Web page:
Felicia Breen, Alton
Being a fan of air and water, I like them both to be clean. In fact, I just like the sound of the phrase clean energy. How can anyone be opposed to that idea? Energy is a part of our everyday life, but so many people have a rather nonchalant attitude about energy in general. We’re all accustomed to flipping a switch and having the luxury of electricity at our fingertips. Many don’t care where the power comes from, as long as it’s available. For others, like myself, who have the opinion that clean energy is good energy, it’s puzzling that others don’t embrace the idea.
It’s been around for a while now, with solar and wind generation gaining in popularity and coming down in price. All we need to do is get the word out in a convincing and natural way. Mother Nature has provided us with the basic materials needed the sun, wind and water — available in all types of climates. There’s no such thing as a solar cleanup or a wind pipeline spill or leak. How can people not be advocates? It seems natural that if we can produce energy that doesn’t pollute, we should embrace it.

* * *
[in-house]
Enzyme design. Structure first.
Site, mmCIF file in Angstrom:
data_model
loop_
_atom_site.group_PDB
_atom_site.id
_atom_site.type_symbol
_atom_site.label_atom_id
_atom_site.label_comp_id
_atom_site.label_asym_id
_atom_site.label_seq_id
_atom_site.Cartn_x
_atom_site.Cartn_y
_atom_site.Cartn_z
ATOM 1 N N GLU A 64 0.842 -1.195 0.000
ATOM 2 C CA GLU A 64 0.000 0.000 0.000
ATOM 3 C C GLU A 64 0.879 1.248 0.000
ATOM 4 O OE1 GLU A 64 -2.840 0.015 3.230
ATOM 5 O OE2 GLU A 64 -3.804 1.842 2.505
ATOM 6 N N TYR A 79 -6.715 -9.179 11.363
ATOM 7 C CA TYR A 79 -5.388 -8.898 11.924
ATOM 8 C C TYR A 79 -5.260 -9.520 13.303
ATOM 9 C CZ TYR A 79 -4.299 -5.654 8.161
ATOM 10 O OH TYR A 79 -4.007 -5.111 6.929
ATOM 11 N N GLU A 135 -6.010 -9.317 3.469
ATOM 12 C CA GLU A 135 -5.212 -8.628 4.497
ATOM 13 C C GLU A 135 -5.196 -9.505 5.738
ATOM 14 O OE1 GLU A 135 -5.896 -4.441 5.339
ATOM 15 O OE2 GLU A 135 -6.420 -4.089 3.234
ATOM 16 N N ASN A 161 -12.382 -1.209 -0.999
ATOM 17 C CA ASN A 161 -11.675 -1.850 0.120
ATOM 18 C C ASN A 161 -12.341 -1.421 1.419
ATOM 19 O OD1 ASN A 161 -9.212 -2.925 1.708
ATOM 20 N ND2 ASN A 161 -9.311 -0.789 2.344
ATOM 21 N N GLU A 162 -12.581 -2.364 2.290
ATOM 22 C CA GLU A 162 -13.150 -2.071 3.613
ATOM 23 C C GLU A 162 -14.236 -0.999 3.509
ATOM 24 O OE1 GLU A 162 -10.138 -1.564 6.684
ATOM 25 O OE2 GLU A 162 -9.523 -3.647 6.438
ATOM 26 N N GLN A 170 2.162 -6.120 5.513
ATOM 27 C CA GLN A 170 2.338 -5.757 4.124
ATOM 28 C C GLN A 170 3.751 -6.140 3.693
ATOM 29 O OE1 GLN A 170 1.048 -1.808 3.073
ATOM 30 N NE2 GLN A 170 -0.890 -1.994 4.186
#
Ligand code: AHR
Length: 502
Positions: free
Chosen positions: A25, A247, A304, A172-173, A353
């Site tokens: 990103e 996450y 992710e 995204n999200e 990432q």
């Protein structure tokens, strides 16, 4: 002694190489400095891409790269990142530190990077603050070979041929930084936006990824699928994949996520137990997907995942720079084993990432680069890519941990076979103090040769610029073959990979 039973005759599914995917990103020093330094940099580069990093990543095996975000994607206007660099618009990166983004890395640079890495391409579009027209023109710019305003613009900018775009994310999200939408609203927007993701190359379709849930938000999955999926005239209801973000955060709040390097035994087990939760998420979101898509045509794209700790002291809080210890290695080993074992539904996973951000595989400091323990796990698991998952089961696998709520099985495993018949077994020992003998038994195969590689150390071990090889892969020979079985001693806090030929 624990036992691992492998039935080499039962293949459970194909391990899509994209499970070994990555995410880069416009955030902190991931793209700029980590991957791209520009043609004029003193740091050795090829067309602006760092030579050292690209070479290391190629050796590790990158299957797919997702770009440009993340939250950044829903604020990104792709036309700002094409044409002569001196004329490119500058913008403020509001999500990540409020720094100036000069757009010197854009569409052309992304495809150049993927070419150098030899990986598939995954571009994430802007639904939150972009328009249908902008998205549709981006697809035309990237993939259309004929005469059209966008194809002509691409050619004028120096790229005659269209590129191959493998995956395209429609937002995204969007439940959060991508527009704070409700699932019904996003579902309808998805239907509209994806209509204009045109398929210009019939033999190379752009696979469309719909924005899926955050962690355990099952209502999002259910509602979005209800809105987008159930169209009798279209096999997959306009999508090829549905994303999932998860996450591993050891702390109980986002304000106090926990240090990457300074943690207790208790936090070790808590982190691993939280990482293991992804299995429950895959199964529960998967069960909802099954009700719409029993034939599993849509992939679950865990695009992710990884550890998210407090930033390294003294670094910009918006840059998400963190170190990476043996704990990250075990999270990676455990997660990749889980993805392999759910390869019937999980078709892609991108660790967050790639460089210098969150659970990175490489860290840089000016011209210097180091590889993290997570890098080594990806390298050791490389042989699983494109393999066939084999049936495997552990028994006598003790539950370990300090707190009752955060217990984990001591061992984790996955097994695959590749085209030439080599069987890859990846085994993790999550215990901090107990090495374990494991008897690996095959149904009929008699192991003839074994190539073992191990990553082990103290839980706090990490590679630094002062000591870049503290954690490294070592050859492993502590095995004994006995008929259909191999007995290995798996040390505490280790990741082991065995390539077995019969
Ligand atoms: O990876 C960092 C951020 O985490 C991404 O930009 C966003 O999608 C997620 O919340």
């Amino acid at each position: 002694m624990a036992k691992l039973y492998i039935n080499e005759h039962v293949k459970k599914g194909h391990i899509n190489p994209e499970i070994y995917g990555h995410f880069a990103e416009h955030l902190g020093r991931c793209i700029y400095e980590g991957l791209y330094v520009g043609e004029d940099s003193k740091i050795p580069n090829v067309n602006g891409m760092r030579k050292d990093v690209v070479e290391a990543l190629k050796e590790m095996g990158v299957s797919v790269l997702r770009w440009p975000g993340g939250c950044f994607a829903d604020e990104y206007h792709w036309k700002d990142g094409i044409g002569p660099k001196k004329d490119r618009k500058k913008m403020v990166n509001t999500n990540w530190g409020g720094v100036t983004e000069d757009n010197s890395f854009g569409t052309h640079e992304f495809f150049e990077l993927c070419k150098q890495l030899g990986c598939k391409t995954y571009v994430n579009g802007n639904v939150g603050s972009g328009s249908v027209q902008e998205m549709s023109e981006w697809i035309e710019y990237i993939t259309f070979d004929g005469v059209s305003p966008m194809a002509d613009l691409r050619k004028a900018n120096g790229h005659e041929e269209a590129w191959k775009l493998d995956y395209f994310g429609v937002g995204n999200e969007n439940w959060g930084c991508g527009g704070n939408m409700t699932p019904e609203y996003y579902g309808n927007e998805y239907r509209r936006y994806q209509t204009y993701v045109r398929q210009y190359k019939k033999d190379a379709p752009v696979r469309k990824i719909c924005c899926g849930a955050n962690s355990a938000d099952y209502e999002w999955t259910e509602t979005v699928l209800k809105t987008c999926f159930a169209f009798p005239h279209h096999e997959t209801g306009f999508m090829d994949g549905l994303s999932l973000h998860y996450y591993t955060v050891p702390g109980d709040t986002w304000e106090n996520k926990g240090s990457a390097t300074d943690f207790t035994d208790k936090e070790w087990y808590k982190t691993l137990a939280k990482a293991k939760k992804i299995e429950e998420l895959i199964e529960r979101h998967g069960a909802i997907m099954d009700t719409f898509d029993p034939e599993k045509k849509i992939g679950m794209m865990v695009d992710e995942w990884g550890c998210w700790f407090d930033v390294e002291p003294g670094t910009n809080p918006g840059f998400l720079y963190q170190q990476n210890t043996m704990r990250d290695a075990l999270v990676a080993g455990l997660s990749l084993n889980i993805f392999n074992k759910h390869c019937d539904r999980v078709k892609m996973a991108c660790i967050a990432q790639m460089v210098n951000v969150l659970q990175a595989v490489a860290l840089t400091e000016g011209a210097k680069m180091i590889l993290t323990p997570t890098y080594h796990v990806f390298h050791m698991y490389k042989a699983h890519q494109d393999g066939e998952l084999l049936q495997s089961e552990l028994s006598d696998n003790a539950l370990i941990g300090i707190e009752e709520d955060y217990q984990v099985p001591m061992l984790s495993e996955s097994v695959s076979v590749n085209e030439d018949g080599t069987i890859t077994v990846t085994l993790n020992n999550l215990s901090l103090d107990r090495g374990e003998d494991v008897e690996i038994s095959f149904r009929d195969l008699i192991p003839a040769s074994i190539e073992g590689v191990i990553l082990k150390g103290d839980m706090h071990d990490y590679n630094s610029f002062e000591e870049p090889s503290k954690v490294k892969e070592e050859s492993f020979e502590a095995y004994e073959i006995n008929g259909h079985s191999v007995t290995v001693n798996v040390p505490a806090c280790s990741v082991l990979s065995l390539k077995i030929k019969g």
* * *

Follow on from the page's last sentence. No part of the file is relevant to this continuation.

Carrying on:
This area has already been a big player in the energy business. Several generations ago, we were covered in woods that were used as the primary source for heating. Then came coal, which we had a huge amount of, perhaps hundreds of small family mines, and many larger mines employing thousands. That worked well for a long time and other than black lung disease, cave-ins, and the total loss and destruction of land and mountaintops, choking the skies with pollution and water with toxins, it worked great. Plus storage was dirty, cumbersome and often inconvenient, but it was deemed cheaper and plentiful.
Then came oil, and did we welcome it with open arms. In fact, many people don’t realize what a major influence it has been to our economy. We at one time had three refineries and the industry provided thousands of jobs for a long time.
Now we have a viable, workable, cost-efficient alternative that of course being clean energy will also provide thousands of good-paying jobs (wind turbines, solar panels, all the auxiliary parts and services that go with buildup and maintenance).
We’ve already made some transitions. The next logical step would be to push forward with a mass expansion of clean energy programs. There’s a Clean Jobs Bill in Illinois right now that will help us move forward; it’s House Bill 2607 and Senate Bill 1485. More jobs, more opportunity, and a way forward to a healthier and happier energy plan.
Harold Dailey, Wood River